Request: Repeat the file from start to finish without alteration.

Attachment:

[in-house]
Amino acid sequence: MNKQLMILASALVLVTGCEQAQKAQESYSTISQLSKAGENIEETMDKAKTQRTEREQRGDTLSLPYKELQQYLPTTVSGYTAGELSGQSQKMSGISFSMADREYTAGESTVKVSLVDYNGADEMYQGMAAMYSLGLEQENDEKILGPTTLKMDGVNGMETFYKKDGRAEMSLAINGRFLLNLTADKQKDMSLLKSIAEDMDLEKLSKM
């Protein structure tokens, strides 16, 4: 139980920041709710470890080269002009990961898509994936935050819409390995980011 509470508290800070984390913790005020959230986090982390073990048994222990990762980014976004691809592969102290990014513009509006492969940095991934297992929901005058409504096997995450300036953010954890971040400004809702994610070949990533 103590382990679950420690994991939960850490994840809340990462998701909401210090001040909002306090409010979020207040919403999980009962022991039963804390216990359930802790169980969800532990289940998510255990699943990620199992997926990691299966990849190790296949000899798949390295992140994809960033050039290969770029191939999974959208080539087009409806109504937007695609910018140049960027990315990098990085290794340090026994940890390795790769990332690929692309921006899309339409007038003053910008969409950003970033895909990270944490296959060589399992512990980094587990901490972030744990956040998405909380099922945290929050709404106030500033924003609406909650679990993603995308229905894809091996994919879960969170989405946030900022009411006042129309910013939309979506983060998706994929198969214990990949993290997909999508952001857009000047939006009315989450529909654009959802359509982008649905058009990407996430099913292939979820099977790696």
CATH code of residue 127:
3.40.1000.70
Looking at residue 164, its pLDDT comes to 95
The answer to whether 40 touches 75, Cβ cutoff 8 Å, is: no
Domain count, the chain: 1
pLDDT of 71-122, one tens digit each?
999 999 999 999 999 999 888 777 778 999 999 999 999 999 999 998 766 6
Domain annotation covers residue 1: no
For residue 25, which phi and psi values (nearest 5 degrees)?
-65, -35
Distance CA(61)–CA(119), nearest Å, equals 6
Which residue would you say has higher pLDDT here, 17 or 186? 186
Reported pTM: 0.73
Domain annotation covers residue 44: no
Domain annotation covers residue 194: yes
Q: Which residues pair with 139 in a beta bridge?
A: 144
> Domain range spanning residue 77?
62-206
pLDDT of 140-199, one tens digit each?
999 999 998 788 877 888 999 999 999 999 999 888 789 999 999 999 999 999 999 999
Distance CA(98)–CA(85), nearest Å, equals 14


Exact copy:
[in-house]
Amino acid sequence: MNKQLMILASALVLVTGCEQAQKAQESYSTISQLSKAGENIEETMDKAKTQRTEREQRGDTLSLPYKELQQYLPTTVSGYTAGELSGQSQKMSGISFSMADREYTAGESTVKVSLVDYNGADEMYQGMAAMYSLGLEQENDEKILGPTTLKMDGVNGMETFYKKDGRAEMSLAINGRFLLNLTADKQKDMSLLKSIAEDMDLEKLSKM
């Protein structure tokens, strides 16, 4: 139980920041709710470890080269002009990961898509994936935050819409390995980011 509470508290800070984390913790005020959230986090982390073990048994222990990762980014976004691809592969102290990014513009509006492969940095991934297992929901005058409504096997995450300036953010954890971040400004809702994610070949990533 103590382990679950420690994991939960850490994840809340990462998701909401210090001040909002306090409010979020207040919403999980009962022991039963804390216990359930802790169980969800532990289940998510255990699943990620199992997926990691299966990849190790296949000899798949390295992140994809960033050039290969770029191939999974959208080539087009409806109504937007695609910018140049960027990315990098990085290794340090026994940890390795790769990332690929692309921006899309339409007038003053910008969409950003970033895909990270944490296959060589399992512990980094587990901490972030744990956040998405909380099922945290929050709404106030500033924003609406909650679990993603995308229905894809091996994919879960969170989405946030900022009411006042129309910013939309979506983060998706994929198969214990990949993290997909999508952001857009000047939006009315989450529909654009959802359509982008649905058009990407996430099913292939979820099977790696």
CATH code of residue 127:
3.40.1000.70
Looking at residue 164, its pLDDT comes to 95
The answer to whether 40 touches 75, Cβ cutoff 8 Å, is: no
Domain count, the chain: 1
pLDDT of 71-122, one tens digit each?
999 999 999 999 999 999 888 777 778 999 999 999 999 999 999 998 766 6
Domain annotation covers residue 1: no
For residue 25, which phi and psi values (nearest 5 degrees)?
-65, -35
Distance CA(61)–CA(119), nearest Å, equals 6
Which residue would you say has higher pLDDT here, 17 or 186? 186
Reported pTM: 0.73
Domain annotation covers residue 44: no
Domain annotation covers residue 194: yes
Q: Which residues pair with 139 in a beta bridge?
A: 144
> Domain range spanning residue 77?
62-206
pLDDT of 140-199, one tens digit each?
999 999 998 788 877 888 999 999 999 999 999 888 789 999 999 999 999 999 999 999
Distance CA(98)–CA(85), nearest Å, equals 14